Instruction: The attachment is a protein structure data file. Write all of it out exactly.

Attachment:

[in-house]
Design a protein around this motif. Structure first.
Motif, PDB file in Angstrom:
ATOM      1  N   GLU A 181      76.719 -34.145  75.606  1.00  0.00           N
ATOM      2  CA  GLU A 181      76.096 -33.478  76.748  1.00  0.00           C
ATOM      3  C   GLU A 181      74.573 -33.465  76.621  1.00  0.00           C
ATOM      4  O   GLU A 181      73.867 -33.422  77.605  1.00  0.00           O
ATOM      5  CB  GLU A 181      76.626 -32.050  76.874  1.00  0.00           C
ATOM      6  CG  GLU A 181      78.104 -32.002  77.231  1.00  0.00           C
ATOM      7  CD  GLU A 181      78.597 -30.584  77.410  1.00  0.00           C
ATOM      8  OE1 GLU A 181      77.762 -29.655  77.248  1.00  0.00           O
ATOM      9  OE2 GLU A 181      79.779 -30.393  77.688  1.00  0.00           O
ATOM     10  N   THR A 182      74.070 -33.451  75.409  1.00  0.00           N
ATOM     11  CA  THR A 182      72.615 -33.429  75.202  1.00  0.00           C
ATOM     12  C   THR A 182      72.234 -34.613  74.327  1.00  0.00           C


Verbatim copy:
[in-house]
Design a protein around this motif. Structure first.
Motif, PDB file in Angstrom:
ATOM      1  N   GLU A 181      76.719 -34.145  75.606  1.00  0.00           N
ATOM      2  CA  GLU A 181      76.096 -33.478  76.748  1.00  0.00           C
ATOM      3  C   GLU A 181      74.573 -33.465  76.621  1.00  0.00           C
ATOM      4  O   GLU A 181      73.867 -33.422  77.605  1.00  0.00           O
ATOM      5  CB  GLU A 181      76.626 -32.050  76.874  1.00  0.00           C
ATOM      6  CG  GLU A 181      78.104 -32.002  77.231  1.00  0.00           C
ATOM      7  CD  GLU A 181      78.597 -30.584  77.410  1.00  0.00           C
ATOM      8  OE1 GLU A 181      77.762 -29.655  77.248  1.00  0.00           O
ATOM      9  OE2 GLU A 181      79.779 -30.393  77.688  1.00  0.00           O
ATOM     10  N   THR A 182      74.070 -33.451  75.409  1.00  0.00           N
ATOM     11  CA  THR A 182      72.615 -33.429  75.202  1.00  0.00           C
ATOM     12  C   THR A 182      72.234 -34.613  74.327  1.00  0.00           C